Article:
5
$\begingroup$

I am trying to figure out the minimum gate width required for parking a car inside the house which has a 15 feet road in front of it. Please refer to the image below:

Plot Layout

Plot is 20 feet wide. I have assumed 6 inch wall and 2 feet X 2 feet columns. These are just rough figures. I am yet to do proper calculation to come up with technically correct figures. Vehicle under consideration is 17 feet X 6 feet as shown.

I have referred to AASHTO - Geometric design of Highways and Streets document to come up some calculation. Here is the turning path for a passenger class design vehicle:

P class vehicle

Road is in pink for good visibility of dimensions. Plot is on the right side of the road where the curved path leads to. I mentioned the vehicle to be of dimensions 17 feet X 6 feet but according to the code, P class design vehicle has a size of 19 feet X 7 feet and I am using it directly. I have kept the gate columns right next to the road so as to get maximum area inside house boundary. Right now, they are 19.5 feet apart but ultimately they will be kept at 20 feet. To keep things on a safer side, I assumed the arcs to be circular and took the inner radius as 14 feet (instead of 14.4 feet) and outer as 26 feet (instead of 25.5 feet) and drawn this figure:

Design

I am doing this for the first time and hence want it to be verified by you guys. By this design, I am getting a gate width of almost 16 feet. Are these calculations correct?

Is there any way I can reduce the gate width? Assuming that driver doesn't need to go into the house in one swing. He can make a partial turn, then reverse a bit and then align the vehicle properly to get it inside the gate. One thing that comes to mind is that vehicle under consideration is smaller than P class design vehicle (17'x6' as compared to 19'x7') but I don't know how to carry out the complete calculations for a given vehicle dimension. Also I am not sure whether reducing the dimensions of design vehicle will be a good idea.

EDIT:

1) This house is located in a very less crowded street (very few vehicles passing by) and one can always use full road width when trying to park the vehicle inside.

2) Moving the gate away from property line can be one way of reducing the gate width but property owner will be losing a good chunk of land which doesn't seem like a great idea. Also, the gate columns will have to be moved 11 feet inside to get a gate width of 13 feet - not a good idea at all.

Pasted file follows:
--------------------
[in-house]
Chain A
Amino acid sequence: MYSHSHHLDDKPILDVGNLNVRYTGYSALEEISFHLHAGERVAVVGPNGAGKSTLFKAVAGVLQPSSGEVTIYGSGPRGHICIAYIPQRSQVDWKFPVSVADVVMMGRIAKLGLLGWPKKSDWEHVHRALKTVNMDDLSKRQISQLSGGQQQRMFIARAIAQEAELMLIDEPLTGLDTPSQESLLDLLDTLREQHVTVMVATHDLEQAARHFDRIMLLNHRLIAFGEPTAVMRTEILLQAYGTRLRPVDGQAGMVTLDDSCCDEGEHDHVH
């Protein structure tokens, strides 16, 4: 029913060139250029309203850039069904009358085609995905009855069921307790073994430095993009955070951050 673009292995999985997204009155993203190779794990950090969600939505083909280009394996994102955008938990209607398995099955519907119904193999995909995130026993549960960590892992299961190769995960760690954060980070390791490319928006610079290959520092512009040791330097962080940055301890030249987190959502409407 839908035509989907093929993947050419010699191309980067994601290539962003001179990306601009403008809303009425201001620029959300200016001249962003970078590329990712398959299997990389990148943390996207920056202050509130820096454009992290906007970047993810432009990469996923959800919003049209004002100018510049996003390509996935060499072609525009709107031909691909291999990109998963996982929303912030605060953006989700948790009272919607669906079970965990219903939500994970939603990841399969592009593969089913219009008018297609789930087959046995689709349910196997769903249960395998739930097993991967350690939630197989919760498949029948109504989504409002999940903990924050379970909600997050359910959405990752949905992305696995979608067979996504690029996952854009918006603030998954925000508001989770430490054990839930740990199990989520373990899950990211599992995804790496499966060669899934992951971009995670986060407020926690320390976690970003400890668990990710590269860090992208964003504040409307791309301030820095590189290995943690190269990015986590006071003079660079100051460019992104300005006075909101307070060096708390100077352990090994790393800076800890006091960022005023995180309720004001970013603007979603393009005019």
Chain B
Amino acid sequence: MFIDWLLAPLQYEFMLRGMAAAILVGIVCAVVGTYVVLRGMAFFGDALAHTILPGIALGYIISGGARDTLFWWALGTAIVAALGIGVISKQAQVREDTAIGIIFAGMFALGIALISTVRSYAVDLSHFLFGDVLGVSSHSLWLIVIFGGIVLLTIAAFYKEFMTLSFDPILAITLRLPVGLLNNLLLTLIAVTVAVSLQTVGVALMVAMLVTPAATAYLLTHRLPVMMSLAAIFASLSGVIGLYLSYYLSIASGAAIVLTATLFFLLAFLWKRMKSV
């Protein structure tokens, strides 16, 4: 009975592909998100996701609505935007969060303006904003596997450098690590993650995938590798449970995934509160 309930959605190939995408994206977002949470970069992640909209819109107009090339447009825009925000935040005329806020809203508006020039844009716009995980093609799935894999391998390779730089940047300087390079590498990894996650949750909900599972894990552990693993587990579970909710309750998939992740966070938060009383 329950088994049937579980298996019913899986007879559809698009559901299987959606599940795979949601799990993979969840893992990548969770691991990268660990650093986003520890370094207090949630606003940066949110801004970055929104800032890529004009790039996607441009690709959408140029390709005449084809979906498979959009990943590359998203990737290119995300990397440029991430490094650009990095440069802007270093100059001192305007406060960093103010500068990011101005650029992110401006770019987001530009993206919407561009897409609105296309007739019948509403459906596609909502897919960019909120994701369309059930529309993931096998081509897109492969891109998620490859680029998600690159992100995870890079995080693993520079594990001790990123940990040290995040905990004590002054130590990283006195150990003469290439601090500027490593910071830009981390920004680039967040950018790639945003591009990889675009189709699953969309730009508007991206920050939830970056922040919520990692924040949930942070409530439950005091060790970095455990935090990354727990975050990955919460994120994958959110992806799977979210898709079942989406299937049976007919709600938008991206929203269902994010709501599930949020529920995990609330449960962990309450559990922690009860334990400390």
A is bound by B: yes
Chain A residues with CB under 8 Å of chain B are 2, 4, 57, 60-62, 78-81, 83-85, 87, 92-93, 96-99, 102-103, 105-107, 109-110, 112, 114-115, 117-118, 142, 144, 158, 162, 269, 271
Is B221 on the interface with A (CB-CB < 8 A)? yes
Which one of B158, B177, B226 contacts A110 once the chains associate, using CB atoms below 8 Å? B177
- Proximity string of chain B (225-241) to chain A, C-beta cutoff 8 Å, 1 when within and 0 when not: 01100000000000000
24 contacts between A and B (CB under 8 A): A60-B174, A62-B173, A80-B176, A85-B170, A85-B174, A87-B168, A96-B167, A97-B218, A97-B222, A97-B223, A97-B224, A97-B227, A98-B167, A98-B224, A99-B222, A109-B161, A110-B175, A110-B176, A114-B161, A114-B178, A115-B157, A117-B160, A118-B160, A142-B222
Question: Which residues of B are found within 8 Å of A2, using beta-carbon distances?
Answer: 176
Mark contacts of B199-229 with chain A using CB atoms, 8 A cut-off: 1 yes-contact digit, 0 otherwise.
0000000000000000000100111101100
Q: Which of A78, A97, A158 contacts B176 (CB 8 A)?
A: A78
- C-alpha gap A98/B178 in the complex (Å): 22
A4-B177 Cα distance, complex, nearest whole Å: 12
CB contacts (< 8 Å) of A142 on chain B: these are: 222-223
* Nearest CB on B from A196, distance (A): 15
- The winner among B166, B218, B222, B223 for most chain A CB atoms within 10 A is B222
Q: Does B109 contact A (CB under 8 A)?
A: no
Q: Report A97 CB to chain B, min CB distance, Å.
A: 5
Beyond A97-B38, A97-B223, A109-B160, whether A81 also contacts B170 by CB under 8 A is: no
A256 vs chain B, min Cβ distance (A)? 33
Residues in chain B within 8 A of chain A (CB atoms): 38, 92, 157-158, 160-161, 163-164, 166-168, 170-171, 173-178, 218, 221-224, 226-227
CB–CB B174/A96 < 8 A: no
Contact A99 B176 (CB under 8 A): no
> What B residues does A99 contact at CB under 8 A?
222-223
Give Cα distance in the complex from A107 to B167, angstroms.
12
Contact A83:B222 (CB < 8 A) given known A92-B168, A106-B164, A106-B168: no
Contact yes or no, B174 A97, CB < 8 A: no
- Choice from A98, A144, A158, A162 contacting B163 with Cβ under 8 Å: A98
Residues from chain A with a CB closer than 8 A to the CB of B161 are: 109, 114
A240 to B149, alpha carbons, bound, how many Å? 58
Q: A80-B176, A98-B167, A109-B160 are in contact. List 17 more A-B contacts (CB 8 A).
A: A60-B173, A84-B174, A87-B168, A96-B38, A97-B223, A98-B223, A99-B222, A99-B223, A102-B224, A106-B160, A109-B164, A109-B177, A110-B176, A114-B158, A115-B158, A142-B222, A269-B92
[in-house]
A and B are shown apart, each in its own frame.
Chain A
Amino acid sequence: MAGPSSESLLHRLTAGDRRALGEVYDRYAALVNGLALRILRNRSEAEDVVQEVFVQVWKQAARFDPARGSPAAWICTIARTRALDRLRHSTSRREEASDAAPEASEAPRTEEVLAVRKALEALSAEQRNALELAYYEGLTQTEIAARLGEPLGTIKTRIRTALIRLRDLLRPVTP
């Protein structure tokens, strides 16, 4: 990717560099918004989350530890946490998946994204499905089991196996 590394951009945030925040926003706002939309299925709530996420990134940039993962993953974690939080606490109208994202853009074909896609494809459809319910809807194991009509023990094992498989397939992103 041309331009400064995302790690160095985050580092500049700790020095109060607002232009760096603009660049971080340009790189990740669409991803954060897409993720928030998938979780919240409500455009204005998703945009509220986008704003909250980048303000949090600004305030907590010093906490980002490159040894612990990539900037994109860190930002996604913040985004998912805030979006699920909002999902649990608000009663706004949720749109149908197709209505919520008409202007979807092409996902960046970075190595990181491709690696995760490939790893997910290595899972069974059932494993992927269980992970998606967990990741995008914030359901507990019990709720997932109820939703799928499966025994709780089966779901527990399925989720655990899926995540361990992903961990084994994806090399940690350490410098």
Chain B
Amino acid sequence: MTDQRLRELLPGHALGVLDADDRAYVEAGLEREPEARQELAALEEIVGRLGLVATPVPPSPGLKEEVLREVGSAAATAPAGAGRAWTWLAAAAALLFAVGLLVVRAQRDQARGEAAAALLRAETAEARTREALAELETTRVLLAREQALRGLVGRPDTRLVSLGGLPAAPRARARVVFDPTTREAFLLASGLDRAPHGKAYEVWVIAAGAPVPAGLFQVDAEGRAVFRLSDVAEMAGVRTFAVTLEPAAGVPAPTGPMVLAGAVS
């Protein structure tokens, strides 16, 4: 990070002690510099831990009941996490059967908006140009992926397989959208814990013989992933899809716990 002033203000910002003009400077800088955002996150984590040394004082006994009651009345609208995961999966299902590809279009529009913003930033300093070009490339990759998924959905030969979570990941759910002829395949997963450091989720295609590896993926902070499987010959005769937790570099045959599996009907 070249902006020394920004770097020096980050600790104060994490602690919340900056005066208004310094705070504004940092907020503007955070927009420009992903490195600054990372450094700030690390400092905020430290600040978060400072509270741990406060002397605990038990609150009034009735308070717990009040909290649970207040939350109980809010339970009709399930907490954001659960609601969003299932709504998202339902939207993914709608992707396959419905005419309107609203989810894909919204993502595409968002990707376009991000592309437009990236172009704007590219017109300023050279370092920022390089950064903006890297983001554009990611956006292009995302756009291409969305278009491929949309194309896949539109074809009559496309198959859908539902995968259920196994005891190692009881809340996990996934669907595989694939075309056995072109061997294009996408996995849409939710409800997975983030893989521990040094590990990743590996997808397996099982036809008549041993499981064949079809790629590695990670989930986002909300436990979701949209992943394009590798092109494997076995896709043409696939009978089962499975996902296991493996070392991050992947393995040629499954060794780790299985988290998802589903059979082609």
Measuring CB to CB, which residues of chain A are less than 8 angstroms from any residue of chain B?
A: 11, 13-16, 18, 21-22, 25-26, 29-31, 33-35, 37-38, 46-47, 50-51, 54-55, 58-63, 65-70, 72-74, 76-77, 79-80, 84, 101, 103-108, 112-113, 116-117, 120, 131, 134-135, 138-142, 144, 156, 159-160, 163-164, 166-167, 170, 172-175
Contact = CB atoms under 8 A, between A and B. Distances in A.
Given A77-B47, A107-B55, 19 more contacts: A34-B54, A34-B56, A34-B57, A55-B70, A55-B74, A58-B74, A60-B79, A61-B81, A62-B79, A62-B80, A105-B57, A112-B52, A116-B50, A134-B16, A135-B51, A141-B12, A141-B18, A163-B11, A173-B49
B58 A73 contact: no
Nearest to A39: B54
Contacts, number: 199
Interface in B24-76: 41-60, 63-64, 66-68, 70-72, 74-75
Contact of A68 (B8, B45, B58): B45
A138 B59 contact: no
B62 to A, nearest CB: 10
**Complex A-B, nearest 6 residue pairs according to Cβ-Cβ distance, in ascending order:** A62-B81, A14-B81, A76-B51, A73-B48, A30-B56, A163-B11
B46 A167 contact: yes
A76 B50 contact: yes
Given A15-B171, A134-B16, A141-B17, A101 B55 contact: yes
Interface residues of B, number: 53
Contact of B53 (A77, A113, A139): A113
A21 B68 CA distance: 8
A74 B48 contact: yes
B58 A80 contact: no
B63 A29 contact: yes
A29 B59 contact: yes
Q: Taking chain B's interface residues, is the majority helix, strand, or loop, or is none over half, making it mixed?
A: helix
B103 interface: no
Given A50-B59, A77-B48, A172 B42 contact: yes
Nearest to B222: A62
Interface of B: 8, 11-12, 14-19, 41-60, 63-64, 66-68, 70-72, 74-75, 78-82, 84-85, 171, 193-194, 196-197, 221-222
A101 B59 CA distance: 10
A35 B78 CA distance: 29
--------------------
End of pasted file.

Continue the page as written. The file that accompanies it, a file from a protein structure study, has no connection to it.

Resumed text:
$\endgroup$
  • $\begingroup$ You can reduce the width of the gate opening by moving the gate away from the property line. Also I do not think it is right to assume you can be using the opposite side of the road all the time to make your turning movement unless its a one way road. Also, it appears you are using circles, where the path of the vehicle is actually some form of arc. $\endgroup$ – Forward Ed Jun 27 '16 at 21:28
  • $\begingroup$ In your current sketch, the car ends up glued to the wall of the structure. However, the first image shows other columns also protruding from the wall, so the car will currently hit those. $\endgroup$ – Wasabi Jun 28 '16 at 11:59
  • $\begingroup$ @Wasabi - Nice observation, sir. However I was just making a rough sketch and after fixing the gate size, I'll definitely make sure such mistakes are taken care of. I had an initial thought of using 10 feet wide gate which was horribly wrong. $\endgroup$ – Whiskeyjack Jun 28 '16 at 13:52
  • 3
    $\begingroup$ Possible duplicate of How much clearance does a car need when turning a corner? $\endgroup$ – Wasabi Oct 8 '17 at 0:42
  • 1
    $\begingroup$ If you were to reverse in you would need far less width clearance as the rear overhang of the vehicle describes a smaller arc than the front as the rear is closer to turning radius centre $\endgroup$ – Rhodie Jan 7 '19 at 1:00
2
$\begingroup$

A 8' wide gate should be good enough. Compare the scenario with a 8' wide car parking space, between two parked car. standard Driveway is 15' wide and its a common practice all around the world, specifically in Asia, however, the driver needs to maneuver the car couple of times to get in. As the road is not so busy; it should not be a problem.

| improve this answer | |
$\endgroup$

Your Answer

By clicking “Post Your Answer”, you agree to our terms of service, privacy policy and cookie policy

Not the answer you're looking for? Browse other questions tagged or ask your own question.